From heroines to beneficiaries to ‘good women’ entrepreneurs? The role of women in Jalpaiguri district, West Bengal
To understand the ‘truth about the role of women in agriculture today’ in Jalpaiguri district, the study area of a recent research project, we have to start by sketching the historical gender context. Because, in this particular place, a majority of rural women have over time experienced a steady deterioration of their freedom and role in agriculture.
A historical perspective on women’s roles
The West Bengal Terai has a long history of peasant movements, revolts and land reforms, in which women of various castes, classes and communities played a fearless, dynamic and important role. They were the heroines of the peasant uprisings of the 1940s, 50s and 60s, in which poor and landless farmers demanded that the share of the harvest collected by landlords was decreased from one half to one third. Studies have documented the high status and autonomy of peasant and tribal women as well as relatively high gender equality in the years after India’s independence in 1947.
But things were about to change for women in West Bengal. In the 90s, a gender impact study of the North Bengal Terai Development Project (NBTDP), a large project designed to increase farmers’ production and income through small-scale irrigation devices, unfortunately showed a worsening of rural women’s status: The heroines of the past had become beneficiaries of hand pumps.
In addition, ongoing political and economic changes triggered a negative gender impact, which resulted in a mainstream patriarchal gender ideology becoming dominant in an area where women had previously played very significant roles.
Acknowledging this, the NBTDP implemented various practical and strategic gender activities to try to empower women of landless, small and marginal farm households.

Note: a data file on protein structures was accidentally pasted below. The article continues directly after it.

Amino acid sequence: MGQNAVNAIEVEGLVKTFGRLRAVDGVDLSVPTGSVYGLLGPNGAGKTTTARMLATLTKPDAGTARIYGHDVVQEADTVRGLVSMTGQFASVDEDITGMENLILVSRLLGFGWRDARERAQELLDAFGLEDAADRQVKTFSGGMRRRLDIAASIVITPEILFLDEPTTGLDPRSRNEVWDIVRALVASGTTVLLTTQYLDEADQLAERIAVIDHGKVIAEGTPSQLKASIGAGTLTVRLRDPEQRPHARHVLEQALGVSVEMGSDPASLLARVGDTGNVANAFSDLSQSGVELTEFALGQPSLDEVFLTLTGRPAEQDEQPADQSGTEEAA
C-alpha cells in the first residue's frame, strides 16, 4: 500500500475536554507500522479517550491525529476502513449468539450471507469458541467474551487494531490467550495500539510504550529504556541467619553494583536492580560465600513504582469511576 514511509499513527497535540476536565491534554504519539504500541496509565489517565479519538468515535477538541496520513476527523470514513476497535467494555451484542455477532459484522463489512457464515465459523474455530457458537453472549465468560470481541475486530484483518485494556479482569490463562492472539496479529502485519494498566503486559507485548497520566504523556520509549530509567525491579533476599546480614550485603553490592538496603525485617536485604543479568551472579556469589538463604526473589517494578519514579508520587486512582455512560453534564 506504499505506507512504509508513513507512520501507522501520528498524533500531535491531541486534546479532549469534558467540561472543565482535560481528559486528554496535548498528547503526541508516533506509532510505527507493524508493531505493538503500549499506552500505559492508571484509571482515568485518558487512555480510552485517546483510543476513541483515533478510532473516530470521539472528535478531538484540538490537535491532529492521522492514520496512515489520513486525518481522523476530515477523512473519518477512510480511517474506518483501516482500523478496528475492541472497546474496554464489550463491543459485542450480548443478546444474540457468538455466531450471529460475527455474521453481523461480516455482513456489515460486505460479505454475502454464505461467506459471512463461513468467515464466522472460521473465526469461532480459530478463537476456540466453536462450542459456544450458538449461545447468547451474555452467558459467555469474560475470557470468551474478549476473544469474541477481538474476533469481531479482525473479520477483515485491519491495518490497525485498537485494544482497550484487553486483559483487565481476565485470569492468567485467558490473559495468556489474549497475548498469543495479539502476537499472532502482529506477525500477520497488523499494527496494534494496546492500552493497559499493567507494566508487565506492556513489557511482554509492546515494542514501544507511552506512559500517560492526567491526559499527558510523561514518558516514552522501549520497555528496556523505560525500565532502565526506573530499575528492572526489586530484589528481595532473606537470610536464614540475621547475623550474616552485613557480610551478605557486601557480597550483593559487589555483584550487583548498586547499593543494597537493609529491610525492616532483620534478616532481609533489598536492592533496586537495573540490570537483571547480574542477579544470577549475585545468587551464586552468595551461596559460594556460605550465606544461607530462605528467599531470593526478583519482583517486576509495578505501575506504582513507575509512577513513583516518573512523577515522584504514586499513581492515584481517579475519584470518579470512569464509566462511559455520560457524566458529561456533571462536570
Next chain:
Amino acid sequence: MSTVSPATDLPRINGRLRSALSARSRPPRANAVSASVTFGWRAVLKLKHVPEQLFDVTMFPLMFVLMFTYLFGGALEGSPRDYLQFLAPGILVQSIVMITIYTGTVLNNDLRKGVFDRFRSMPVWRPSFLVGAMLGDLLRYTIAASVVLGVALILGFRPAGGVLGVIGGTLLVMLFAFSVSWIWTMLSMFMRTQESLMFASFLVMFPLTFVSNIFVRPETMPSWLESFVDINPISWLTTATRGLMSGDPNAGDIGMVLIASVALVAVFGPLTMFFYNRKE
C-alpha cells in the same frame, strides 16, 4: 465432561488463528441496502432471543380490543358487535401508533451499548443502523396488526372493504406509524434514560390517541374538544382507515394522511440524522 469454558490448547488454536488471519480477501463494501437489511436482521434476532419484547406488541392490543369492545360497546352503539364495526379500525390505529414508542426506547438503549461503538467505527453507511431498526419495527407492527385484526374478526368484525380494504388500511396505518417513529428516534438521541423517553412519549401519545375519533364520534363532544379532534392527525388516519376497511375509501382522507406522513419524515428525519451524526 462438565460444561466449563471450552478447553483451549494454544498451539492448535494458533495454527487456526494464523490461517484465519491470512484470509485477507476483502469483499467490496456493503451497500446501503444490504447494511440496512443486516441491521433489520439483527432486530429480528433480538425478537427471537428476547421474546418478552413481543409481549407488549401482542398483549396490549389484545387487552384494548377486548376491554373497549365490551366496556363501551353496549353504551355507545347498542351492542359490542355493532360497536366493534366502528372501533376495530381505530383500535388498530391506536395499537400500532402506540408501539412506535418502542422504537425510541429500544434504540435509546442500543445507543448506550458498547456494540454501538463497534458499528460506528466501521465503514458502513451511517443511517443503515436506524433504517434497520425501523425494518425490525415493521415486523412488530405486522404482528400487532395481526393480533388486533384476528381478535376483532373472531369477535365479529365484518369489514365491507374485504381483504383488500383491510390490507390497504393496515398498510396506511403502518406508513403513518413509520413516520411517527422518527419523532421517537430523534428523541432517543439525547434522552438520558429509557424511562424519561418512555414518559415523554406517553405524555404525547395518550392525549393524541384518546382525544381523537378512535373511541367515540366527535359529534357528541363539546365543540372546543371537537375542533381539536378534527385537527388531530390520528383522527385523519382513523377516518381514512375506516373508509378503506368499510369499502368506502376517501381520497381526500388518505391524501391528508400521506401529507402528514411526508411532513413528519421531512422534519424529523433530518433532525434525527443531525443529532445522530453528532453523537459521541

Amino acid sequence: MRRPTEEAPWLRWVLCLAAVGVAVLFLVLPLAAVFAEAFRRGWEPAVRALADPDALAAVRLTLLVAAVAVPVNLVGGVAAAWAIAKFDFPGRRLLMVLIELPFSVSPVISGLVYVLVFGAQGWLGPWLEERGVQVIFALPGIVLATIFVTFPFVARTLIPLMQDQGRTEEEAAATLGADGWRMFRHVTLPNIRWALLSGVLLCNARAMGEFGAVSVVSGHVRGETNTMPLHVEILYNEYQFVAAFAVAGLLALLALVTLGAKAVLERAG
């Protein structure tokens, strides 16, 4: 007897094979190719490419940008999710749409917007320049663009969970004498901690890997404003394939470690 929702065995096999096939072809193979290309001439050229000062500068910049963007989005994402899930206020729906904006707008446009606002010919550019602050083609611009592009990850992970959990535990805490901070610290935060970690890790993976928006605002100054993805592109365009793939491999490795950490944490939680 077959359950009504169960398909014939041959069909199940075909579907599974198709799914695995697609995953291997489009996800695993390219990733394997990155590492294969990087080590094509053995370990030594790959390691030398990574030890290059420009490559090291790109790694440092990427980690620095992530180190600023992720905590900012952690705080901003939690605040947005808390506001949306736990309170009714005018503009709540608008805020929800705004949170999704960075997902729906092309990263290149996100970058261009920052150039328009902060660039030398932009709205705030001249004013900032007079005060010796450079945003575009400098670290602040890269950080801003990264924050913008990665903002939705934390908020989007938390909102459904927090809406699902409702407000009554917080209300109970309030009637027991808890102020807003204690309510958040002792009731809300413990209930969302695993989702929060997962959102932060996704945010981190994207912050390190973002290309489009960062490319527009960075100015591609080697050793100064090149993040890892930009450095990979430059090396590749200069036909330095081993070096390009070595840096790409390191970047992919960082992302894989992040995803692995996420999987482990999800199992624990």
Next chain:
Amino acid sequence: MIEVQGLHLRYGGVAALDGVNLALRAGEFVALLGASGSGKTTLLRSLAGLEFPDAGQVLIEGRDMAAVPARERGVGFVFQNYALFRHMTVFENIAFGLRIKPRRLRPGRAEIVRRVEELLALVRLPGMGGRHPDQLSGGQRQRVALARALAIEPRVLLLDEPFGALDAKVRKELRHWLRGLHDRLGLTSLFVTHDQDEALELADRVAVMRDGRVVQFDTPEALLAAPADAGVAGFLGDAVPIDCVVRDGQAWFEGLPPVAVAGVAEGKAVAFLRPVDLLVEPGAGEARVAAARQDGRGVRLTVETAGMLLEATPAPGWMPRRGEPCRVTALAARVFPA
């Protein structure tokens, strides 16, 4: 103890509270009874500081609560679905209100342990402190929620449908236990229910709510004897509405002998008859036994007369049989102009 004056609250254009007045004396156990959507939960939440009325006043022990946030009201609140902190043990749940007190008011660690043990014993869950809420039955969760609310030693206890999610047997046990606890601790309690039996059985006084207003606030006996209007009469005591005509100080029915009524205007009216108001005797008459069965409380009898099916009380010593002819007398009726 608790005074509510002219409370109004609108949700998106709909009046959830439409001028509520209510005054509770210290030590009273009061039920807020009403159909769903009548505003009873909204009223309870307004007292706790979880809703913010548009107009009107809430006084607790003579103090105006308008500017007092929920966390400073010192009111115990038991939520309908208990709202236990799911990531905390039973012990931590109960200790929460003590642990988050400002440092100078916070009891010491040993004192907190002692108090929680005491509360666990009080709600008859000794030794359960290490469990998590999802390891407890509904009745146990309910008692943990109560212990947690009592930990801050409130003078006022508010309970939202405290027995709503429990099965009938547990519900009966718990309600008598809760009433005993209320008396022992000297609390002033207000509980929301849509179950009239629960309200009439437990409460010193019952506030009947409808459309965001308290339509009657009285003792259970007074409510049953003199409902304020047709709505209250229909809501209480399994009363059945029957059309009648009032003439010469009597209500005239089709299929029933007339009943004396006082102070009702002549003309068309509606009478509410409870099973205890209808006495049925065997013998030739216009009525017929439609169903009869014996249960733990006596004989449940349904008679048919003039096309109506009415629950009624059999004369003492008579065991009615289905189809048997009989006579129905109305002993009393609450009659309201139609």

Today rural no longer means agricultural
Yet, 25 years later, in 2015, our studies of Jalpaiguri district showed a dramatic decline in the role of women in agriculture and a de-feminization of agricultural wage labor.
A host of factors—including population increase, inflow of refugees and migrants, fragmentation of land, neo-liberal policies, climate and ecosystem change—has triggered an accelerated process of de-agrarianisation.
As a result, landlessness has increased. It was almost 70% in the villages we studied, and the size of landholdings of marginal farmers had decreased. Only 20% of rural households nowadays depend on agriculture as their main source of income. Even within this group, the majority farm very small or marginal plots of land.
This means that even owners of small land plots depend on taking up agricultural wage labor for their survival, as non-farm employment is not on the horizon.
The main response to coping with increased poverty is forced—as it is a matter of survival—seasonal migration of young unmarried men, even boys, who end up doing insecure, casual, risky construction work in cities in India. Married men only move seasonally when there is a male guardian to take over the urgent male work that has to be done. Here, women are certainly not ‘left behind’ by their husbands, as documented in Nepal.